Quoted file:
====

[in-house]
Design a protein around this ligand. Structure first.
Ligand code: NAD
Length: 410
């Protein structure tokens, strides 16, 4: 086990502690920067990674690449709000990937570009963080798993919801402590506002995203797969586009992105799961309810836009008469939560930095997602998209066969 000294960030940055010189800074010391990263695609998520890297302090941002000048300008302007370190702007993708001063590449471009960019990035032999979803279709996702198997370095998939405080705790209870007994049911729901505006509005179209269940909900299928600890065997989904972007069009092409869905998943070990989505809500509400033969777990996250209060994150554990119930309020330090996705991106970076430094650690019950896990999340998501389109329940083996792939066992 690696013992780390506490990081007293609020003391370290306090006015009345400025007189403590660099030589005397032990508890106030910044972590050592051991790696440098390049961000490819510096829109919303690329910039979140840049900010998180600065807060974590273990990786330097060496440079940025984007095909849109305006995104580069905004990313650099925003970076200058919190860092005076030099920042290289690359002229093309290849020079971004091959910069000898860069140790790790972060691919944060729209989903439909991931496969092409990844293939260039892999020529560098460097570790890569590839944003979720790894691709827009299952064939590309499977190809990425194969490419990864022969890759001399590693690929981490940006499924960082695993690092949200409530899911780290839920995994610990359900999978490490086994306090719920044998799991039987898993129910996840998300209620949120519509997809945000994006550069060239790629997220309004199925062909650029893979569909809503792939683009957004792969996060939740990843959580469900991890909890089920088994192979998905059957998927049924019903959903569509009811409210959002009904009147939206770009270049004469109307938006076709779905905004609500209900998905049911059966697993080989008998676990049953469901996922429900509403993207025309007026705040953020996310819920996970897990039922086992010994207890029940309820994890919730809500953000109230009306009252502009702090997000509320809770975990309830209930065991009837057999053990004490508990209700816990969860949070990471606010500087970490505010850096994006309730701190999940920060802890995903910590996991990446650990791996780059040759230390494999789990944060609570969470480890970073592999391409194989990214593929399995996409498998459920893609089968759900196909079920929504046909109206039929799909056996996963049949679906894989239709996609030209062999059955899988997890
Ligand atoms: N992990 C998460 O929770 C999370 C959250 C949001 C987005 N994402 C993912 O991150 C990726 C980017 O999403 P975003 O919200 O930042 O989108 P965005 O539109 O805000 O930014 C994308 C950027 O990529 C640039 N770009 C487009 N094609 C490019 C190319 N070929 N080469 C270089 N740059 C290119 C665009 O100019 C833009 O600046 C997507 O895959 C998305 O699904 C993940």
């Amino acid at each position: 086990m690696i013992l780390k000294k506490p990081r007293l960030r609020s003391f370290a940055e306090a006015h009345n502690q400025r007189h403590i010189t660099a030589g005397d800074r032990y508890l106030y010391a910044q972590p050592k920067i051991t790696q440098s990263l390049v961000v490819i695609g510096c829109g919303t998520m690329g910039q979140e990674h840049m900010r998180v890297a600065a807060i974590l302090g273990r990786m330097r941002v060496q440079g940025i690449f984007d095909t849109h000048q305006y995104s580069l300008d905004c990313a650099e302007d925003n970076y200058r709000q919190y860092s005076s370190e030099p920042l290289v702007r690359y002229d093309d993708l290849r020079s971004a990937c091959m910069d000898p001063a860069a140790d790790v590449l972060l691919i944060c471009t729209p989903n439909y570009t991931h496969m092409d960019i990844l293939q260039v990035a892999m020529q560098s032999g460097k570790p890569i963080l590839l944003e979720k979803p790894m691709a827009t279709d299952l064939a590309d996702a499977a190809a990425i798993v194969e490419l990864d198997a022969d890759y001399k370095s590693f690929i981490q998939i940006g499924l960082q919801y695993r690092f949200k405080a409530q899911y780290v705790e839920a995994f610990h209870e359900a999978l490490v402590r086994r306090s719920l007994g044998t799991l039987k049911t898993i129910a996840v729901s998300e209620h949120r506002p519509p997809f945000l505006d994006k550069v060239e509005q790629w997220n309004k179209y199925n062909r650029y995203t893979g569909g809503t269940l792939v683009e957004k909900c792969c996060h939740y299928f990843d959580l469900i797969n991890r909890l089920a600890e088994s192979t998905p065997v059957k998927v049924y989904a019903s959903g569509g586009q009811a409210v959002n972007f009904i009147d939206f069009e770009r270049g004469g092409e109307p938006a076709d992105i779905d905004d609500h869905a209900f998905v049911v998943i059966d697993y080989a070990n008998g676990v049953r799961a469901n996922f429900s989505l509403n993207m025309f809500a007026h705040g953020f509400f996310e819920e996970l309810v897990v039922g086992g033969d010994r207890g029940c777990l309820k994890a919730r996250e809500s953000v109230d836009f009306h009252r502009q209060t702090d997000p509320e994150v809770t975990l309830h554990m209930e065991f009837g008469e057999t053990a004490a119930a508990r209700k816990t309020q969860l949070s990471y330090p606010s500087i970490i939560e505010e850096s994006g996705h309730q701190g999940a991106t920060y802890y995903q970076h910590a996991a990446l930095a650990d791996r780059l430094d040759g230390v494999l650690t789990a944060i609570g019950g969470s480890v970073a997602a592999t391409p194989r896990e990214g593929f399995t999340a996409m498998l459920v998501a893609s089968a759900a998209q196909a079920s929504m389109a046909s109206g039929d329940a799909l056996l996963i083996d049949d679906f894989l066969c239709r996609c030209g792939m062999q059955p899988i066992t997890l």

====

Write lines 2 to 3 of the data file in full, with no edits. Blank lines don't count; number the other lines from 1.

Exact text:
Design a protein around this ligand. Structure first.
Ligand code: NAD